It’s no secret that nutritional health supplements are big business! Understandably so, since many health food supplements can actually help increase your overall health and performance. However, some supplements can actually do more harm than good. I’ll get into the list of good and bad supplements (based on this Consumer reports article) in a moment. Before I get into the lists of good and potentially “bad” supplements, please consider this: ALL supplements are only the icing on the cake and DO NOT replace real food. In other words, don’t prioritize taking a vitamin C pill when you’re still eating fast food as your primary meal sources.

 

Consumer Reports  a very interesting story titled.

 

In today’s post, I’ve summarized the recently released Consumer Reports article titled “The 12 Most Dangerous Supplements” and provided below, what I feel to be the key, take-home points form the article. I’ve also included the Consumer Reports list of the 12 Most Dangerous Supplements to avoid ( based on their reports) along with their  list of supplements you should consider.

 

Here are (what I feel to be) the key, take-home points bullets from this Consumer Reports article:

 

– “More than half of the adult population have taken supplements to stay healthy, lose weight, gain an edge in sports or in the bedroom, and avoid using prescription drugs. In 2009, we spent $26.7 billion on them, according to the Nutrition Business Journal, a trade publication.”

 

– “What consumers might not realize, though, is that supplement manufacturers routinely, and legally, sell their products without first having to demonstrate that they are safe and effective. As a result, the supplement marketplace is not as safe as it should be.”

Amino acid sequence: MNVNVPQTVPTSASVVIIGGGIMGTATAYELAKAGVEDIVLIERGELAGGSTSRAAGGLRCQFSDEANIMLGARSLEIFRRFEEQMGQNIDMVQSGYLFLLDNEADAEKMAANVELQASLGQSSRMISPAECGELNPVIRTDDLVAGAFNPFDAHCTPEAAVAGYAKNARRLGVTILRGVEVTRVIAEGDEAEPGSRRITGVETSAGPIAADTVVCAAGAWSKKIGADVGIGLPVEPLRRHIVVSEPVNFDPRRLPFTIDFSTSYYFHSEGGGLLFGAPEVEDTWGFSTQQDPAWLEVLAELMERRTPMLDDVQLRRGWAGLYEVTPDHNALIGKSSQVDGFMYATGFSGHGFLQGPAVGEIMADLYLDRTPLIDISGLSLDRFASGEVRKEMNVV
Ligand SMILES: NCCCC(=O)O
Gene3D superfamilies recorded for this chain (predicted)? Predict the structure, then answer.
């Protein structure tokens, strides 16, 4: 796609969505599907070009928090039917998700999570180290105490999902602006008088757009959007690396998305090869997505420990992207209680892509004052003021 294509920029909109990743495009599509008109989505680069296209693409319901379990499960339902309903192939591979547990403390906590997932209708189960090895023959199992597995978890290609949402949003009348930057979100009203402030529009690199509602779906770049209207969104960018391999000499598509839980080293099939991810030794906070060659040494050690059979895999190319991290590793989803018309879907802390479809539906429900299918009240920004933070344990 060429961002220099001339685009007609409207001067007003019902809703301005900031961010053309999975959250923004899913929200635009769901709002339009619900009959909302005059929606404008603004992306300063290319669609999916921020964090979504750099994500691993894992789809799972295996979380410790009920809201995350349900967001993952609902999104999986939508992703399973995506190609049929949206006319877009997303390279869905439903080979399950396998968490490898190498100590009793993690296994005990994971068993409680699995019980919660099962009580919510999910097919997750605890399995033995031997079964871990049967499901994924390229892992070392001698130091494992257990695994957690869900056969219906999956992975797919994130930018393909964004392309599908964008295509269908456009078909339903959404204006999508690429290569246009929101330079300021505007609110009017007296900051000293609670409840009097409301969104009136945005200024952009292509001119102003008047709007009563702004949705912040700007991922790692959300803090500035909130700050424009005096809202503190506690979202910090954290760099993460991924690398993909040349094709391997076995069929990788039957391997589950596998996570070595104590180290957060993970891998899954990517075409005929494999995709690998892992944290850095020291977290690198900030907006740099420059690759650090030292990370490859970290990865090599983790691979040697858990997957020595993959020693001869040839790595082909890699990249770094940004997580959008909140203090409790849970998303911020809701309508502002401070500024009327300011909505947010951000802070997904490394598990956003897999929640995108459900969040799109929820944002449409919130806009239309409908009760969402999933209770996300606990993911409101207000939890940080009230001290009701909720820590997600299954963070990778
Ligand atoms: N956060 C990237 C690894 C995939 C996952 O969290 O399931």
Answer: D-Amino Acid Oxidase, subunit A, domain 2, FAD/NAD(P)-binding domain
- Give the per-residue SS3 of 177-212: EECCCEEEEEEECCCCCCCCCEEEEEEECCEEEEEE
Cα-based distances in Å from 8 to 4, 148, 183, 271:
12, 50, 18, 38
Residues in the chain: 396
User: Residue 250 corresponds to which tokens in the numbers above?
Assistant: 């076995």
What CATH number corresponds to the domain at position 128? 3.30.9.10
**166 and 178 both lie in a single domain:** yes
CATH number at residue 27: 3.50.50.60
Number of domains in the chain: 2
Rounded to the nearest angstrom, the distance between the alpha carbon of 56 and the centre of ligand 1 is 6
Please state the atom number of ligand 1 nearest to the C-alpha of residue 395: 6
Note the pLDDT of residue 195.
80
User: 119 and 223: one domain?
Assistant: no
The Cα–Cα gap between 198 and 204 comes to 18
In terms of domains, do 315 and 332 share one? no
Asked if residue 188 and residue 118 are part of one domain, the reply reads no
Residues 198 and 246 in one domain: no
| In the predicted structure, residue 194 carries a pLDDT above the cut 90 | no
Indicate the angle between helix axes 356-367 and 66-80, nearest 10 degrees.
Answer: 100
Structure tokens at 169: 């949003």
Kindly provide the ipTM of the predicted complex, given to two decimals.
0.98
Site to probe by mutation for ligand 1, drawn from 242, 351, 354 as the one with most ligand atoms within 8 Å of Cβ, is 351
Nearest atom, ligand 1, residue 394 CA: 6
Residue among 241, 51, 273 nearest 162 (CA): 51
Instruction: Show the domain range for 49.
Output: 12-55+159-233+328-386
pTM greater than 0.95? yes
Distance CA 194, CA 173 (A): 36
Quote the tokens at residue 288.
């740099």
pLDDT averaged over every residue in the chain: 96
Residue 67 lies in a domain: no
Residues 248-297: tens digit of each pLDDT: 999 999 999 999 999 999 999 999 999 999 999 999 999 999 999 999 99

• “We have identified a dozen supplement ingredients that we think consumers should avoid because of health risks, including cardiovascular, liver, and kidney problems. We found products with those ingredients readily available in stores and online.
  • Because of inadequate quality control and inspection, supplements contaminated with heavy metals, pesticides, or prescription drugs have been sold to unsuspecting consumers. And FDA rules covering manufacturing quality don’t apply to the companies that supply herbs, vitamins, and other raw ingredients.
  • China, which has repeatedly been caught exporting contaminated products, is a major supplier of raw supplement ingredients. The FDA has yet to inspect a single factory there.”
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    – “Working with experts from the Natural Medicines Comprehensive Database, an independent research group, we identified a group of ingredients (out of nearly 1,100 in the database) linked to serious adverse events by clinical research or case reports. To come up with our dozen finalists, we also considered factors such as whether the ingredients were effective for their purported uses and how readily available they were to consumers.”

     

    – “The dozen are aconitebitter orangechaparralcolloidal silvercoltsfootcomfreycountry mallowgermaniumgreater celandinekavalobelia, and yohimbe. The FDA has warned about at least eight of them, some as long ago as 1993.”

     

    – Of the more than 54,000 dietary supplement products in the Natural Medicines Comprehensive Database, only about a third have some level of safety and effectiveness that is supported by scientific evidence, according to a review by NMCD experts. And close to 12 percent have been linked to safety concerns or problems with product quality.”